Following up On my previous Post – “Why So many miserable Babies…………………”, it should have actually read, “Why So many miserable parents and care-givers including medics of so many miserable Babies…………………” – Yes, I am one of those miserable medics!
Yes, gone are the days of 1960 A.D. (when I got admitted to the Medical College) when I considered myself “a Selected Saviour of Mankind!”.
Yes, gone also are the days of 1972 A.D. ((when I took to specialise in Neurosurgery – as the branch with enormous scope for delving into new research on the yet-still-poorly, grossly
underunderstood (more about it in a later page!) masterly, and FTL (Faster Than Light) evolving human brain )) when I considered myself “a Selected Saviour of Mankind’s Brains”!
Between 1960 and 1972 – in 1971-1972 to be exact, I was in U.K. doing various odd medical jobs as Senior House Officer (SHO) and Registrar in medical institutions of various statures – giving me a much valuable – sometimes pleasant and sometimes painful – experience.
My first asignment was in Queen Elizabeth Hospital, Gateshead, New Castle Upon Tyne in the midlands. Being new to England and dropped by the Airport Bus in the local Bus Stand, I boarded a bus and asked an elderly lady passenger whether the bus will go through and drop me in Queen Elizabeth Hospital. She said, “I should talk to the conductor!”. The conductor promised to tell me when Queen Elizabeth Hospital was reached and allow time for me to disembark.The bus went on and on and the elderly lady passenger kep staring alternately at me and the conductor and eventually mustered enough strength to call out to the conductor why the bus had passed Queen Elizabeth Hospital without stopping and dropping “this Paki doctor”. The conductor just stared into the sky and made no efforts to rectify his failure to keep a promise made to me. But the driver, who heard all this, stopped the bus, came on to us and asked the conductor whether he had promised to drop me in Queen Elizabeth Hospital; the conductor merely nodded the head admitting his error. All the other passengers rose up in one and said in a chorus,”Take the bus back to Queen Elizabeth Hospital and drop the doctor there as promised”. The driver obliged and I was safely dropped at Queen Elizabeth Hospital. I used to believe that an Englishman is as good as his word; it was proven (by the co-passengers and the driver) / disproven (by the conductor) to me by this incident in my life. As Socrates put it, “Don’t take anybody’s word as true!”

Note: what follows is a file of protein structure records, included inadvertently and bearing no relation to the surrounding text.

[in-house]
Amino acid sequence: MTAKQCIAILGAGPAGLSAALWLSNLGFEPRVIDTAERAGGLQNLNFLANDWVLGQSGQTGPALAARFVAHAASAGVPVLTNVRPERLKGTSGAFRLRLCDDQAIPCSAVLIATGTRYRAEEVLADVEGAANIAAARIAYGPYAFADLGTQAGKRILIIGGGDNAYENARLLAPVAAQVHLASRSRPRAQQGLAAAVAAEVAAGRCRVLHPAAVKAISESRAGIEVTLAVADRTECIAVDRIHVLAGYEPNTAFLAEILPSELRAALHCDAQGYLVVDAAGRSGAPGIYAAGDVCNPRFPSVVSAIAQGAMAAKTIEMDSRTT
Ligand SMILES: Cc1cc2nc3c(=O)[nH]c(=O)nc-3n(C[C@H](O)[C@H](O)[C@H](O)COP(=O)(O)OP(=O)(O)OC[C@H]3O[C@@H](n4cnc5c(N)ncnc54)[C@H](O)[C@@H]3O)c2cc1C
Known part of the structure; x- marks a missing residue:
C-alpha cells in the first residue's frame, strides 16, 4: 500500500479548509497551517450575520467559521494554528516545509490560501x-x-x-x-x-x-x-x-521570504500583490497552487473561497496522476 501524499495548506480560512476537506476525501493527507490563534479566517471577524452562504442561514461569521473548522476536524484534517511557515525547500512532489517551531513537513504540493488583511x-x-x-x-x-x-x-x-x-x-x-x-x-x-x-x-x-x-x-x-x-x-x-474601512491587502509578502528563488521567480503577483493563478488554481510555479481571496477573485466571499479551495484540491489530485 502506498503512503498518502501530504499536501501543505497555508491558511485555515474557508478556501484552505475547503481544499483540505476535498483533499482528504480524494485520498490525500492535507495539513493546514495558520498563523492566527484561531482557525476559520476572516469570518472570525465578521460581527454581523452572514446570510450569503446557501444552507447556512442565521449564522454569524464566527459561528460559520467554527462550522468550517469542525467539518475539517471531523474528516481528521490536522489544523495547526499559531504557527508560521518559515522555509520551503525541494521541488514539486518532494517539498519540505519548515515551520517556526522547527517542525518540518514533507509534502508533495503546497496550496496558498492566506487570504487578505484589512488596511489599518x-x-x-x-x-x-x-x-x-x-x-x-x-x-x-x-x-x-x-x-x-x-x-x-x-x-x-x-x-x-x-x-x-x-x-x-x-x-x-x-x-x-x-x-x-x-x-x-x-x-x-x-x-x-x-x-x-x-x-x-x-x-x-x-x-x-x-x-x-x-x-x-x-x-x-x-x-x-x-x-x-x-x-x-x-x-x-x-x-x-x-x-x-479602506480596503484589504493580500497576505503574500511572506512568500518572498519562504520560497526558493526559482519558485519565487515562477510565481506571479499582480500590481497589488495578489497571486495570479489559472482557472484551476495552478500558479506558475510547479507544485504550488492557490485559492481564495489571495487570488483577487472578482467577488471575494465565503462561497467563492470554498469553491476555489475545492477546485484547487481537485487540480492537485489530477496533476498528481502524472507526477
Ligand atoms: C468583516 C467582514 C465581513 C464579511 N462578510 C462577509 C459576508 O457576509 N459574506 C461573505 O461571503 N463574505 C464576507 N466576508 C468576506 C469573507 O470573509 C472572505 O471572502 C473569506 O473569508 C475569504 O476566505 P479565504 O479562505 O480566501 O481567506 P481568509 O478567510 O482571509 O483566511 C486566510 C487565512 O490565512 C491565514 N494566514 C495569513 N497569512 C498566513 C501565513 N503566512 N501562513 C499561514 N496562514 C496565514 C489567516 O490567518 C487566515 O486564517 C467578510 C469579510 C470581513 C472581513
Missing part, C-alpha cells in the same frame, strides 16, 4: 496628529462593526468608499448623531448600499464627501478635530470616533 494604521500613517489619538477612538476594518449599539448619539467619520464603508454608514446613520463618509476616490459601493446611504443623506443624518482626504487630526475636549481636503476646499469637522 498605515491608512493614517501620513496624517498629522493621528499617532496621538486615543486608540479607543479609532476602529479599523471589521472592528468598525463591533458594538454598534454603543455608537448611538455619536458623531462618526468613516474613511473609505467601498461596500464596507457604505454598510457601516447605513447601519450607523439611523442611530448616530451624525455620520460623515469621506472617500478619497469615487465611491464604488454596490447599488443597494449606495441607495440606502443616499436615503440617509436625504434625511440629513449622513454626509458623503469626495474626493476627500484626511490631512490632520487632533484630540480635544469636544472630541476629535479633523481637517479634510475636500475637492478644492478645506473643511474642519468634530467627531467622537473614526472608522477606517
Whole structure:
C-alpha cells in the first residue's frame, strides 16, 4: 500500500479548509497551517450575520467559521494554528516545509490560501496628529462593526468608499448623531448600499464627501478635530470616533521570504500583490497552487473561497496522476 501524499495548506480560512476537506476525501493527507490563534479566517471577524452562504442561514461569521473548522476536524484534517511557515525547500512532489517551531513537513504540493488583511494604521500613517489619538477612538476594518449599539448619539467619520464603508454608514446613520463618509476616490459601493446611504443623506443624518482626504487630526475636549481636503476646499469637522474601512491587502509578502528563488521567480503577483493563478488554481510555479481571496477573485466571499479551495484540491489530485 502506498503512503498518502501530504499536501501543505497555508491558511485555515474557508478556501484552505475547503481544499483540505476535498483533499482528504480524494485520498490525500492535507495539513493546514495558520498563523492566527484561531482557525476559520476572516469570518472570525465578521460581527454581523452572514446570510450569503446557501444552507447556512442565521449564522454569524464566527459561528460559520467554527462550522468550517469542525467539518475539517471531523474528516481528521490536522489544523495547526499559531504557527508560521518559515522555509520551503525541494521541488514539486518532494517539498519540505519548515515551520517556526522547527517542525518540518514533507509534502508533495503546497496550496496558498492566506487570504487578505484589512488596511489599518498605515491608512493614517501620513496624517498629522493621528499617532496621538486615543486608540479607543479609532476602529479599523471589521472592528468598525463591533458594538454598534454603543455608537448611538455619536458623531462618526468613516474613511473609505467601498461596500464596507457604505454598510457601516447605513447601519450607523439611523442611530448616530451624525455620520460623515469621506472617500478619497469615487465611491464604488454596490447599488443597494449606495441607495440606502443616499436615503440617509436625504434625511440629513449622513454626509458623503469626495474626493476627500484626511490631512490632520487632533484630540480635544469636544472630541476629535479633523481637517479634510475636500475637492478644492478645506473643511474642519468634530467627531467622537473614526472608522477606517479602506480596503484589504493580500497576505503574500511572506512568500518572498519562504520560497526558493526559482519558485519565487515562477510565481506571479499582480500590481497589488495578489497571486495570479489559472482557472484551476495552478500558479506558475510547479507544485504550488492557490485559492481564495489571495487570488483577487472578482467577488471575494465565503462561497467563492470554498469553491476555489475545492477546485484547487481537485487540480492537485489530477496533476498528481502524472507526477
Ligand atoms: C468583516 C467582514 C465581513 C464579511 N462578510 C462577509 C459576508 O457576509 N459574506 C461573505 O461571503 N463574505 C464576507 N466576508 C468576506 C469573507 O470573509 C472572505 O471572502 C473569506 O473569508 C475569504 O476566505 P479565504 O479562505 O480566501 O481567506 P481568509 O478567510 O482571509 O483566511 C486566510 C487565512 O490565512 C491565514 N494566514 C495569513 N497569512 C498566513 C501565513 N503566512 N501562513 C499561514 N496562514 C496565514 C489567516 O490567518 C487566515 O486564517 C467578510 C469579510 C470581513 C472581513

My first asignment at Queen Elizabeth Hospital, Gateshead, New Castle Upon Tyne in the midlands was to teach children, mostly immigrant “brownies” / “pakies” as they were clumped together (even Indian Restaurants were called Paki Restaurants) – the British, for reasons best known to themselves, saw everybody (including Indians) from the Indian subcontinent, as Pakistanis / Pakis!
The assignment was probably to test my fluency in English – not my skills in medicine which I was there to enhance! Any way, “Beggars can’t be choosers!”, I picked the gauntlet and proved myself. Nay, it was indeed a pleasant experience too as the kids, though immigrants, had normal / supernormal brains and used to greet me, in chorus, whenever I entered the classroom, “Good Morning Dr.Kriiiishshshnannn…”, reverberating in the classromm – front to back, roof to floor and wall to wall and, through the windows (doors were always kept closed, as you know – it was the duty of any new entrant to any room to close the door after him / her – just to keep the chill out!) even to the world outside!
After a month in Gateshead, I moved on to Edinburgh where I spent nearly seventeen months in various hospitals, in various jobs in various specialities in medicine in hospitals of various statures.
More of it in the pages to follow!
So long then!